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I Am Legend, and the power of aloneness
by Kris Graft on 06/25/13 02:46:00 pm   Editor Blog   Featured Blogs

The following blog post, unless otherwise noted, was written by a member of Gamasutraís community.
The thoughts and opinions expressed are those of the writer and not Gamasutra or its parent company.

 

So I saw that Richard Matheson, author of the book I Am Legend and other works, died this week at the age of 87.

I Am Legend is the only book I've read by Matheson, and I only read the book for the first time this year after I saw it for sale on the Kindle store for a couple bucks. I'm really glad I did.

It got me thinking about how in games, there's a lot of emphasis on connecting with one another, playing together, networking. But complete, utter and absolute desolation can also leave a lasting impression on players.

If you're unfamiliar with the book, it's about Robert Neville, a man who's the last-known survivor of a vampire apocalypse that has eradicated Earth's human population. Neville spends the daylight hours killing comatose "vampires," and eventually, unsatisfied with vampire legends involving bats, crucifixes and coffins, he begins applying the scientific method to get the bottom of why vampires exist, and how they live.

Matheson's antagonists are called "vampires," but his descriptions of them inspire today's modern popular zombie, an icon perpetuated in films such as the Vincent Price-starring The Last Man on Earth (based directly on Matheson's I Am Legend) and George Romero's Night of the Living Dead. Matheson's biological demystification of these ghouls, and his humanization of them and their victims, also influenced Max Brooks' World War Z and zombie franchise The Walking Dead. So if you've got zombie fatigue, it's partially Matheson's fault for playing a pivitol role in defining the undead in the first place.

When I finished I Am Legend, per usual, I was thinking about the book in terms of video games (it's a sickness). But I wasn't thinking of zombies and video games, really -- I was thinking of how effectively Matheson put me in the head of the isolated Robert Neville.

Neville is completely and utterly alone: killing vampires during the day and disposing of their bodies is his mundane, daily routine. At night, classical music accompanies creatures' screeching, scratching and pounding on the doors and windows of his fortified house. Daylight and science are his only allies in physical self-preservation. Alcohol is what he uses to medicate himself, emotionally.

The ghosts of his family live in his memory. When it comes to interactions that make a person human, Neville leads a destitute existence, becoming less and less of a man, then less and less of a human. All of these feelings are deftly conveyed to the reader, and it's difficult not to empathize with the character.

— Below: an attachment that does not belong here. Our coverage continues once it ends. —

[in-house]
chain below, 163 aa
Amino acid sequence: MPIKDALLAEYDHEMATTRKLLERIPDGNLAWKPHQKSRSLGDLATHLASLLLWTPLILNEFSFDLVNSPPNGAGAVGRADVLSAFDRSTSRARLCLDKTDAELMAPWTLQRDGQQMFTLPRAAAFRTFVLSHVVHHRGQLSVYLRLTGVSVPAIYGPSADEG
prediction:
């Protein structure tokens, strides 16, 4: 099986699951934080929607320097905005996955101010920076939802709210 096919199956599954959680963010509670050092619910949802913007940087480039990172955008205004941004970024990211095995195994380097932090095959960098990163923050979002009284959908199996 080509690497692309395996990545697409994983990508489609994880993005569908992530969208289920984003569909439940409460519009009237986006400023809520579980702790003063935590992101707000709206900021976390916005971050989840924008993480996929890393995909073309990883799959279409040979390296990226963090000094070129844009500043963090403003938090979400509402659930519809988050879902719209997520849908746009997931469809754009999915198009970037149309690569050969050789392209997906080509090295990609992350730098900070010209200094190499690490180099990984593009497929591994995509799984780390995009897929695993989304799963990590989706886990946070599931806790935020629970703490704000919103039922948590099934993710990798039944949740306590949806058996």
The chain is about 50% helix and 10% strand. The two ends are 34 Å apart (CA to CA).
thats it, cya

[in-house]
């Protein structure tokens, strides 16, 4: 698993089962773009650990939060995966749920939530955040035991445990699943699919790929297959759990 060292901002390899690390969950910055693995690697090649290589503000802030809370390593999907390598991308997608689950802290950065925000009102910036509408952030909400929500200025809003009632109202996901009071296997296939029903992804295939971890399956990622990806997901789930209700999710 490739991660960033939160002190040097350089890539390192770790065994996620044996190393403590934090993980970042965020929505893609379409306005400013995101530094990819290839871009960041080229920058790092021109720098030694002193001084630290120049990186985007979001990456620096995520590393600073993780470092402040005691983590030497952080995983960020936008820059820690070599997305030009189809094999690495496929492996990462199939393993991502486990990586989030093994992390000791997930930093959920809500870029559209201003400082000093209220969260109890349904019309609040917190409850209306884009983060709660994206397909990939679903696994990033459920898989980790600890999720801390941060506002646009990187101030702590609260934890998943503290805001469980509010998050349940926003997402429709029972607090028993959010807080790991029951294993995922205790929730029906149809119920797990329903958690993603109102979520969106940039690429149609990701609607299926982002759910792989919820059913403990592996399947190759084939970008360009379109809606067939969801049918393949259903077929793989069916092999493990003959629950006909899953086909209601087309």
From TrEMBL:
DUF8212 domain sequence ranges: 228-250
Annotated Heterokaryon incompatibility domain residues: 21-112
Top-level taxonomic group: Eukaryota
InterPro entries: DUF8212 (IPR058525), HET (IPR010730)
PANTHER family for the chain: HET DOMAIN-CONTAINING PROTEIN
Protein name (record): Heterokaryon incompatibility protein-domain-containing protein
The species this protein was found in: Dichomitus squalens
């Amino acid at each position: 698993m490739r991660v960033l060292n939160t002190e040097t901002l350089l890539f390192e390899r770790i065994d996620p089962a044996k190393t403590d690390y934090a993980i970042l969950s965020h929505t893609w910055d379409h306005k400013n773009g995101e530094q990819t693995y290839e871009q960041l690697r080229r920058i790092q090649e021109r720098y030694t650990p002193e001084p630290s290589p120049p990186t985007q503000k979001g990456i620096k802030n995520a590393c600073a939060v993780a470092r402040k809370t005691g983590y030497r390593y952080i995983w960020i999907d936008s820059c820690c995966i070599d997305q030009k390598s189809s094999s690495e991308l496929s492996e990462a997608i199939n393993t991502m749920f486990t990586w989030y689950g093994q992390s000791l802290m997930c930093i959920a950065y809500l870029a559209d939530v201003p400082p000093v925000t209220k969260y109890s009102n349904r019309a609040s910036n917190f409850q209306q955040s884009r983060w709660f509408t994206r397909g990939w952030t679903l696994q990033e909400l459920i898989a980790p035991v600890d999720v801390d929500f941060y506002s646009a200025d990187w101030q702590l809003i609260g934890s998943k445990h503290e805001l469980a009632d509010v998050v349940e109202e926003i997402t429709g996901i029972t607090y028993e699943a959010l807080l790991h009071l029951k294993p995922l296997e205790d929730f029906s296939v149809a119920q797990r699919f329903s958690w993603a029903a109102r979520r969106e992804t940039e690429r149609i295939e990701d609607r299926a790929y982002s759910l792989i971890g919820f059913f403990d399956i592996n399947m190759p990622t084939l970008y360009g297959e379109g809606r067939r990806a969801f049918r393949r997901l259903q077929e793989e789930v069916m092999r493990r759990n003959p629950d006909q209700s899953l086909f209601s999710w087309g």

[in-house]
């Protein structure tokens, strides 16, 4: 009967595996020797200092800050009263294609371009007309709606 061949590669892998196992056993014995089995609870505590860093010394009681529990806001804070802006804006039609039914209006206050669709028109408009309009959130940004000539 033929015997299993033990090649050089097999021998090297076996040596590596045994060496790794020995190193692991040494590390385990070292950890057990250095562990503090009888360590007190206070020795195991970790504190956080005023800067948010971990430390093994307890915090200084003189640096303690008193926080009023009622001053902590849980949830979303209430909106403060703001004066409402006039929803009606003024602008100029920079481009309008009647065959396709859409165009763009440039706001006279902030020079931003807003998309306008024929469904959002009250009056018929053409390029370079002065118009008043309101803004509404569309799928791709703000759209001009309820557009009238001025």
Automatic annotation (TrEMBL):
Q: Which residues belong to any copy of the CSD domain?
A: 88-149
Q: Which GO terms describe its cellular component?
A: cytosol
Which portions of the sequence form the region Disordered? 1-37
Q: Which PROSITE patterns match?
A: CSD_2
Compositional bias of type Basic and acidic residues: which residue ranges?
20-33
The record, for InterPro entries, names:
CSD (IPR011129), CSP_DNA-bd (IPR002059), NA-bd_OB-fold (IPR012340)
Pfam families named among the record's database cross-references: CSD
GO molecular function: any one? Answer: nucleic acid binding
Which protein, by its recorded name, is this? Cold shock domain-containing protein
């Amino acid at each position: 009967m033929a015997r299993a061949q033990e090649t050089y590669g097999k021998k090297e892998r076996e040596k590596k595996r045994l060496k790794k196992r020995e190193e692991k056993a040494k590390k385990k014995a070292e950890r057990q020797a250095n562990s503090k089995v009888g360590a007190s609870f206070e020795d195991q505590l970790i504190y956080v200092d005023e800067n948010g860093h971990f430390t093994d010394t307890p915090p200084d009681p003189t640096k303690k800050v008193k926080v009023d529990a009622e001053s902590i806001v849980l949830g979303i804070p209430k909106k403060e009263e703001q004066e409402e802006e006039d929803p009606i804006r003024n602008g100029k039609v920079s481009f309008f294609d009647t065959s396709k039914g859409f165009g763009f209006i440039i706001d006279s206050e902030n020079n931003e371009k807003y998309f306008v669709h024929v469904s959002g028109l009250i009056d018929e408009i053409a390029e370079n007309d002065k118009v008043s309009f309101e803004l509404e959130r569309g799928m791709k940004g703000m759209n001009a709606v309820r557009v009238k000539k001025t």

While reading the book, I started to feel a bit crazy myself. Forget the living dead -- being alone is one of the greatest fears we have as human beings. Matheson does a masterful job of conjuring up aloneness, and building upon the fearful implications of it. Neville's fears are twofold, as he is alone in body and in mind. Aloneness in mind is more devastating.

Are there video games out there that effectively leverage this base source of fear? Immediately, I think of games like Silent Hill, which is invites the player into uncomfortable solitude. The eerie isolation of Amnesia: The Dark Descent certainly made me yearn for a companion, as did Slender and Home.

Beyond games in the horror genre, Minecraft also has parallels with I Am Legend's premise -- you're alone (in single-player mode, anyhow), scrounging for resources and fortifying your house during the day to guard against the ghouls who come every night.

Even though the games I mention are good in their own right, none are really effective in making the player feel alone not only physically, but also mentally and emotionally. Of the games I've played, the best example of complete and utter aloneness in both mind and body is Dear Esther. There's no one else to interact with in that game, and it provides just enough narrative context to make me feel, as a player, a poignant sense of loss, emptiness and isolation.

Those feelings are uncomfortable for players, they're subtle and really difficult to implement in video games. But the games that are able to give players a peek into what it means to be truly alone can prove to be quite memorable.

So, R.I.P. Richard Matheson, a new superstition entering the unassailable fortress of forever.


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